Those on both sides of a federal lawsuit see daunting obstacles to providing safer, healthier places for kids to spend their nights.
This article was written and reported for the nonprofit news outlet InvestigateWest and has been slightly revised for The Imprint.
Laura was afraid her autistic son, Nathan, would accidentally kill himself. After a brain injury, the 13-year-old had begun setting fires in their house and had climbed onto the roof. Unable to find a hospital or other facility where Nathan could receive treatment, she called the Department of Children, Youth, and Families, Washington’s child welfare agency, in desperation.
She said workers at the agency told her they would get the boy into treatment that night. Laura, who had recently fled domestic violence and was caring for six adopted children with special needs, agreed to voluntarily place Nathan in foster care. She asked that InvestigateWest not use her or her son’s real names in this article for fear that the state might retaliate by removing her other children from her home.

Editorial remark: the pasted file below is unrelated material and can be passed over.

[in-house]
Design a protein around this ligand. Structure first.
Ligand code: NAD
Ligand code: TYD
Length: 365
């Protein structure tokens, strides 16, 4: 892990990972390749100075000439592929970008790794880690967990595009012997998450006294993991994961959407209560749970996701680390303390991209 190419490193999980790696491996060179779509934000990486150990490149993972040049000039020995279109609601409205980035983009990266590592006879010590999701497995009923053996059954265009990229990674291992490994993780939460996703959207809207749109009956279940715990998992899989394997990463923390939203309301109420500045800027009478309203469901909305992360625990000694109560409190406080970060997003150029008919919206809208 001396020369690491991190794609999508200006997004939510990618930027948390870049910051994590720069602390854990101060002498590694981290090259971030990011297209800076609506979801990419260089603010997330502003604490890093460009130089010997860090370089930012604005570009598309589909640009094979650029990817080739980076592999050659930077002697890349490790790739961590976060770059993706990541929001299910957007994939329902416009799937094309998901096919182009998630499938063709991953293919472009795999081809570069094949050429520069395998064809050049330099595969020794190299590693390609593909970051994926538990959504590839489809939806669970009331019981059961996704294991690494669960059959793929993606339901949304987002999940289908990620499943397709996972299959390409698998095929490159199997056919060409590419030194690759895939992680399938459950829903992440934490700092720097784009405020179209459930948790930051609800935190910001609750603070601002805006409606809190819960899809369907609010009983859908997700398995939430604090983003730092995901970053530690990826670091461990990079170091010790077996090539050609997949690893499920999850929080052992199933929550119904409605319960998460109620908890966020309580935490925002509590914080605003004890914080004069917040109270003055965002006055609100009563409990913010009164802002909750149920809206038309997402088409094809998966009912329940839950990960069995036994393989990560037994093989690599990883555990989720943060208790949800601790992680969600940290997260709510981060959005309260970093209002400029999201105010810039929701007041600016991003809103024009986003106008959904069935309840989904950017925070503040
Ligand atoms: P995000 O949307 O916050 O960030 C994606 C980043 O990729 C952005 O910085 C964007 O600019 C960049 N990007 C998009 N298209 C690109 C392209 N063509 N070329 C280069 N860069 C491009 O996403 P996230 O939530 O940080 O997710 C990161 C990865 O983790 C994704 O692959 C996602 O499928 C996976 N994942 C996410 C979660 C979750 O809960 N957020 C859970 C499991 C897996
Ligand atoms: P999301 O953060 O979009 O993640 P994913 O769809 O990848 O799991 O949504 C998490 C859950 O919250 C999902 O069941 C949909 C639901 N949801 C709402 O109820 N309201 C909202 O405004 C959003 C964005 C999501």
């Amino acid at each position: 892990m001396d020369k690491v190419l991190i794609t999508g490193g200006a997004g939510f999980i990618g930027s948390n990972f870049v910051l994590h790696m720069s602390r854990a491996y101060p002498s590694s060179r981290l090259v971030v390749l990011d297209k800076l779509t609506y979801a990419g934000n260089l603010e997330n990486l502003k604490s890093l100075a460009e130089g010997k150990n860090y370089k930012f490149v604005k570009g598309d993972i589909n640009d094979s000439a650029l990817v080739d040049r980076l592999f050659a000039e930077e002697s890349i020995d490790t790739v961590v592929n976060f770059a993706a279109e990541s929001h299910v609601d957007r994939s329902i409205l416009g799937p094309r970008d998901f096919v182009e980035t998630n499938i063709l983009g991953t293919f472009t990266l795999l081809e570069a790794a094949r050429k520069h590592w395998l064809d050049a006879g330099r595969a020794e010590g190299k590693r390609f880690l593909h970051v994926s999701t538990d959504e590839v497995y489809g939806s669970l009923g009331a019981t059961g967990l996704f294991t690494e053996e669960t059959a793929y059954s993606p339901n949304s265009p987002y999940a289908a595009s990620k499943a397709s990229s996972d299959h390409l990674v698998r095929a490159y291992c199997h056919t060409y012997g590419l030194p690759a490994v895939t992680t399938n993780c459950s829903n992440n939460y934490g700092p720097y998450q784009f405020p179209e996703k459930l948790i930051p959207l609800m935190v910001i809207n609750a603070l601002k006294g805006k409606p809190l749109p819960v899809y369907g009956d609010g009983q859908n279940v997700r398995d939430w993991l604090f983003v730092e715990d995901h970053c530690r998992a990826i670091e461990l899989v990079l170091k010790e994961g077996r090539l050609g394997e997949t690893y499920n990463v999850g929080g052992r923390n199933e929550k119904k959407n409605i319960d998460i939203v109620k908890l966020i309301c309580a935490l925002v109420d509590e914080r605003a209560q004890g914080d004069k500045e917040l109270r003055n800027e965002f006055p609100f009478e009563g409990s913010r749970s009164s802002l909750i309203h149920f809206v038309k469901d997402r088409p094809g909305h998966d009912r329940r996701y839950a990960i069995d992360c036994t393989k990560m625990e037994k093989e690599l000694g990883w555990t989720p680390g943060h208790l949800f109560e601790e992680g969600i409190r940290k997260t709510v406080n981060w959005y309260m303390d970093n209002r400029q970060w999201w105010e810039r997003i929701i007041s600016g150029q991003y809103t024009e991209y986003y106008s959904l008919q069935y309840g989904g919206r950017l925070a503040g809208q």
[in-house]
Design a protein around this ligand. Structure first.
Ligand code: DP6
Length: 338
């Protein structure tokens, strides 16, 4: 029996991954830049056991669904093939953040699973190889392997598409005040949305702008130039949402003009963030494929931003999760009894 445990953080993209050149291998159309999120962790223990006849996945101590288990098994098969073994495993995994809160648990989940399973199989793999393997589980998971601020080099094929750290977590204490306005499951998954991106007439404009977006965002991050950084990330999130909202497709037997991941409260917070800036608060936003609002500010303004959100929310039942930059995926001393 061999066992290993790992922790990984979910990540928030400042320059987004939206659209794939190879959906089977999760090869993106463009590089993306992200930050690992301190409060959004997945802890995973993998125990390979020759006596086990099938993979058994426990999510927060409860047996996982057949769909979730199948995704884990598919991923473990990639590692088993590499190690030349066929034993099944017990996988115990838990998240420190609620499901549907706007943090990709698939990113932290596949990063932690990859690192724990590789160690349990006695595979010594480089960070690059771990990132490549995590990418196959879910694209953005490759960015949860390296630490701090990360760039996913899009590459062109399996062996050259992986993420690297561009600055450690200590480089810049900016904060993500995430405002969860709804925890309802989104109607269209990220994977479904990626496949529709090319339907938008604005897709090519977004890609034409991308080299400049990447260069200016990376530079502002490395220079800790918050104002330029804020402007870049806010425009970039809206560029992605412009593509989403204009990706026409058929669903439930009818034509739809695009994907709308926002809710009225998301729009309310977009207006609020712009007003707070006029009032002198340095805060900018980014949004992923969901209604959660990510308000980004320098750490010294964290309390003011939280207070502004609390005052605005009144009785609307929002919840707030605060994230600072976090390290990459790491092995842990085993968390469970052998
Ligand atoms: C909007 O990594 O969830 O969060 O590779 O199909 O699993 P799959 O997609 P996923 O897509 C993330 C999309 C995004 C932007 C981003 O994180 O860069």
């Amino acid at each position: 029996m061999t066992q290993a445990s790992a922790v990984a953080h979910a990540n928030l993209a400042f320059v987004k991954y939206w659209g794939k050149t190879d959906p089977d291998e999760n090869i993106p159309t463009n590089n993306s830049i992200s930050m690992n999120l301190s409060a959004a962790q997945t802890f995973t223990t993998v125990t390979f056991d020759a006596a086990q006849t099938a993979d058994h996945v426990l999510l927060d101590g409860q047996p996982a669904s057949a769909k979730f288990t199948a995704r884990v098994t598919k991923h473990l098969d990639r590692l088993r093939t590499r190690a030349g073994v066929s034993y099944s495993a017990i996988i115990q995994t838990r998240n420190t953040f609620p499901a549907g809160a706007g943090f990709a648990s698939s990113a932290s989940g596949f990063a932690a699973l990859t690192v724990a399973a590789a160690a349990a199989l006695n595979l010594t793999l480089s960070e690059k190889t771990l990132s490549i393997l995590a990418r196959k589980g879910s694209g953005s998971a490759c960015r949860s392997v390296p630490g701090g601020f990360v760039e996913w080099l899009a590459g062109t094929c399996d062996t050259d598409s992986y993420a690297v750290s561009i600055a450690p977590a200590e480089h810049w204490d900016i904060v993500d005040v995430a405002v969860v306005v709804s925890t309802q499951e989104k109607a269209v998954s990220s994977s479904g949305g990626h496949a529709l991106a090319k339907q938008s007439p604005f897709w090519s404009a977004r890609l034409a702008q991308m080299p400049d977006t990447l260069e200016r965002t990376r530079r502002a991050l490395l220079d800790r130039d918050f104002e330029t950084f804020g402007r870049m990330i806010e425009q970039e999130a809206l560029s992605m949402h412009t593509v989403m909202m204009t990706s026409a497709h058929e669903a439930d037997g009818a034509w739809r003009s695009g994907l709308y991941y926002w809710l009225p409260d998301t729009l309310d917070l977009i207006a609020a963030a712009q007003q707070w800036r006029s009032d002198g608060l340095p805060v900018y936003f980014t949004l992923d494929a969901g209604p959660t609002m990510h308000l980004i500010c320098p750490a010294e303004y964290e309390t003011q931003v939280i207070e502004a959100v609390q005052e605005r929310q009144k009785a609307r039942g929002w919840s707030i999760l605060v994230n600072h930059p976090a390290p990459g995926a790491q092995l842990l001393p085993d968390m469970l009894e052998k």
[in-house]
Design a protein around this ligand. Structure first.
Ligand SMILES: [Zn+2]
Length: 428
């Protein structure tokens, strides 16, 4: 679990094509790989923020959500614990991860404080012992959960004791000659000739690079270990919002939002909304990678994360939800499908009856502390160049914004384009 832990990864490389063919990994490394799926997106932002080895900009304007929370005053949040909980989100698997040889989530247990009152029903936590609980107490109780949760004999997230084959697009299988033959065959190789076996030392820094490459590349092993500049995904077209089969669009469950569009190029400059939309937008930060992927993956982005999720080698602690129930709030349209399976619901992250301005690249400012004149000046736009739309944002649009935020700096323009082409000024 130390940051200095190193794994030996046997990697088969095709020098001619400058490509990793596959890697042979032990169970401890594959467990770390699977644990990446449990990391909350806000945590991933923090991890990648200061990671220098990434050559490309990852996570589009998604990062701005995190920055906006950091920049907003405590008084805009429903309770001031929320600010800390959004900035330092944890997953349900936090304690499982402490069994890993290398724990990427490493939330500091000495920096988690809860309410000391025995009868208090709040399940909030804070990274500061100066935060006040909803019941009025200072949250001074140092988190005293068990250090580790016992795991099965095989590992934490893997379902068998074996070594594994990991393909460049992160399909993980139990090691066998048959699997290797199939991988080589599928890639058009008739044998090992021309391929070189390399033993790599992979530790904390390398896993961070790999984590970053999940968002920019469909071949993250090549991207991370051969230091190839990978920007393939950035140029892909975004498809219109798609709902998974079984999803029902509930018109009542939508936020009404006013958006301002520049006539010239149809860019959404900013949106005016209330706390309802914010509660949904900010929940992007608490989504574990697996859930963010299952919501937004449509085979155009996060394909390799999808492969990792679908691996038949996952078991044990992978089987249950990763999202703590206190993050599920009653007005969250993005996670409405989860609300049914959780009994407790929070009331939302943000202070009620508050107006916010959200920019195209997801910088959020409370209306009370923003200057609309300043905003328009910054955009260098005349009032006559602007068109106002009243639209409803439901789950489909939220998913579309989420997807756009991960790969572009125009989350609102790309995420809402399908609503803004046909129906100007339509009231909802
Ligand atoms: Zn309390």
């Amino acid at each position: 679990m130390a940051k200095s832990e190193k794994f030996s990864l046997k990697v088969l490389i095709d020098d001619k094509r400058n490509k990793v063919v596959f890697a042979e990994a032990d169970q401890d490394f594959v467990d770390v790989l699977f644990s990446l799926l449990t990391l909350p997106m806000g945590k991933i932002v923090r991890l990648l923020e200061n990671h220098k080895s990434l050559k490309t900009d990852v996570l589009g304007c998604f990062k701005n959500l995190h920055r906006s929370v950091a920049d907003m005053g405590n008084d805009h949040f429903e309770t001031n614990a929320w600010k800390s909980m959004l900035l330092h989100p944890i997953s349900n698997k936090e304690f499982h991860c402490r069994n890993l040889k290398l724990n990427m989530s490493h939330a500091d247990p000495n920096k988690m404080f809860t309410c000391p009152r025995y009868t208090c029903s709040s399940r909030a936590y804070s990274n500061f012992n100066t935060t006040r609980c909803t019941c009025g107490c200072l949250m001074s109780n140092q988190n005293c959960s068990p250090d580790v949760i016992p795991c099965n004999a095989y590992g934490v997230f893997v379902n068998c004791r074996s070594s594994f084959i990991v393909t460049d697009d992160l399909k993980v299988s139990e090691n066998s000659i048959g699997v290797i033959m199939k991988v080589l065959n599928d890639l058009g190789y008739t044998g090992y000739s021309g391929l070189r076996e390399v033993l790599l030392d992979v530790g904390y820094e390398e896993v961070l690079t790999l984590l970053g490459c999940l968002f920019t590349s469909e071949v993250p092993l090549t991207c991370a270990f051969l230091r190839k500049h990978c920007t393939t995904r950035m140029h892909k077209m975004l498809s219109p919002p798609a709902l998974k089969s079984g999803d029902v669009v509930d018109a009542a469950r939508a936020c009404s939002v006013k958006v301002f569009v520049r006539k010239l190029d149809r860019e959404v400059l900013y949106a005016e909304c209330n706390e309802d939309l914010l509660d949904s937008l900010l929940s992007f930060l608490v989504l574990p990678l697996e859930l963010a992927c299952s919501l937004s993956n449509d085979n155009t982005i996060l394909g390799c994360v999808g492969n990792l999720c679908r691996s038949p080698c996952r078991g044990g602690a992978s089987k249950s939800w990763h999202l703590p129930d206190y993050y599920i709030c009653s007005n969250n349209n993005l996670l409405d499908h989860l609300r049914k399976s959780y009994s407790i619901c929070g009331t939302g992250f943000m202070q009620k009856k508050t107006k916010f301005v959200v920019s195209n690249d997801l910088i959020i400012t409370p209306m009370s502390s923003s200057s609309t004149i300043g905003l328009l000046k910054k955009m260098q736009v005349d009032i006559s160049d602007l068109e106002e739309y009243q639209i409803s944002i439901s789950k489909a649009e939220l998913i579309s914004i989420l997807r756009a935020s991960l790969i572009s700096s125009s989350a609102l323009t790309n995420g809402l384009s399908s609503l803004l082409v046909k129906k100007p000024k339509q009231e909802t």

Instead of landing in a hospital bed, Nathan spent roughly six months sleeping on a couch in a state office in between stints at group facilities and one-night stays with foster families that keep kids only from bedtime until breakfast. Eventually, he was sent to a residential treatment facility in Idaho owned by the private, for-profit Sequel Youth & Family Services, the subject of an Imprint and San Francisco Chronicle investigation that led California to ban the practice of sending troubled youth out of state. Laura said Nathan was in 39 different placements during just his first year in foster care.
Nathan is one of hundreds of Washington foster children who, in recent years, have spent days, and sometimes weeks or months, living in hotels and state offices because the state has too few foster families and group homes, particularly for children with mental health challenges and developmental disabilities.
Now 18, Nathan recalls at least one night when he shared a hotel room with other foster children. “It was scary,” he said. “I was worried all night long about what would happen because I didn’t know anyone there. So I was constantly worrying about if it’s safe to fall asleep.”
Despite millions of dollars in funding from the Legislature to tackle the problem, the number of nights that foster children spend in hotels and offices has increased steadily over the past seven years. Between Sept. 1, 2020, and July 15, a record 233 children spent 2,016 nights in hotels and offices, according to the Washington State Office of the Family and Children’s Ombuds.